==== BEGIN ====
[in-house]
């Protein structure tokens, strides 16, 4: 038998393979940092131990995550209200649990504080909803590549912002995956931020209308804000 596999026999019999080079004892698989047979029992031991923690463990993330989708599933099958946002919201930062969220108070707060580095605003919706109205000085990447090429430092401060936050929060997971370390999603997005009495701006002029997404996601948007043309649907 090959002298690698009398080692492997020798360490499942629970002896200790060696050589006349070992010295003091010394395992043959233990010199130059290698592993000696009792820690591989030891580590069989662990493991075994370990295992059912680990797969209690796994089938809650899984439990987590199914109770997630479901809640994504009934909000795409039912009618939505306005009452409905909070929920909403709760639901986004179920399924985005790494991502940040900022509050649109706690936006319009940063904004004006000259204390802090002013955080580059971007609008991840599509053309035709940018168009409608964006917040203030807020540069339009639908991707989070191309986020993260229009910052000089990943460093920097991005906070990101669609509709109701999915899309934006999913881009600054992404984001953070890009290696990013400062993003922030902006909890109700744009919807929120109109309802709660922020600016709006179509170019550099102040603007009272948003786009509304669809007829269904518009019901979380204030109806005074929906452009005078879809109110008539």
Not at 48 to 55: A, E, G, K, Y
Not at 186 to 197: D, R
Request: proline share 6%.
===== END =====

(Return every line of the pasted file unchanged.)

[in-house]
């Protein structure tokens, strides 16, 4: 038998393979940092131990995550209200649990504080909803590549912002995956931020209308804000 596999026999019999080079004892698989047979029992031991923690463990993330989708599933099958946002919201930062969220108070707060580095605003919706109205000085990447090429430092401060936050929060997971370390999603997005009495701006002029997404996601948007043309649907 090959002298690698009398080692492997020798360490499942629970002896200790060696050589006349070992010295003091010394395992043959233990010199130059290698592993000696009792820690591989030891580590069989662990493991075994370990295992059912680990797969209690796994089938809650899984439990987590199914109770997630479901809640994504009934909000795409039912009618939505306005009452409905909070929920909403709760639901986004179920399924985005790494991502940040900022509050649109706690936006319009940063904004004006000259204390802090002013955080580059971007609008991840599509053309035709940018168009409608964006917040203030807020540069339009639908991707989070191309986020993260229009910052000089990943460093920097991005906070990101669609509709109701999915899309934006999913881009600054992404984001953070890009290696990013400062993003922030902006909890109700744009919807929120109109309802709660922020600016709006179509170019550099102040603007009272948003786009509304669809007829269904518009019901979380204030109806005074929906452009005078879809109110008539």
Not at 48 to 55: A, E, G, K, Y
Not at 186 to 197: D, R
Request: proline share 6%.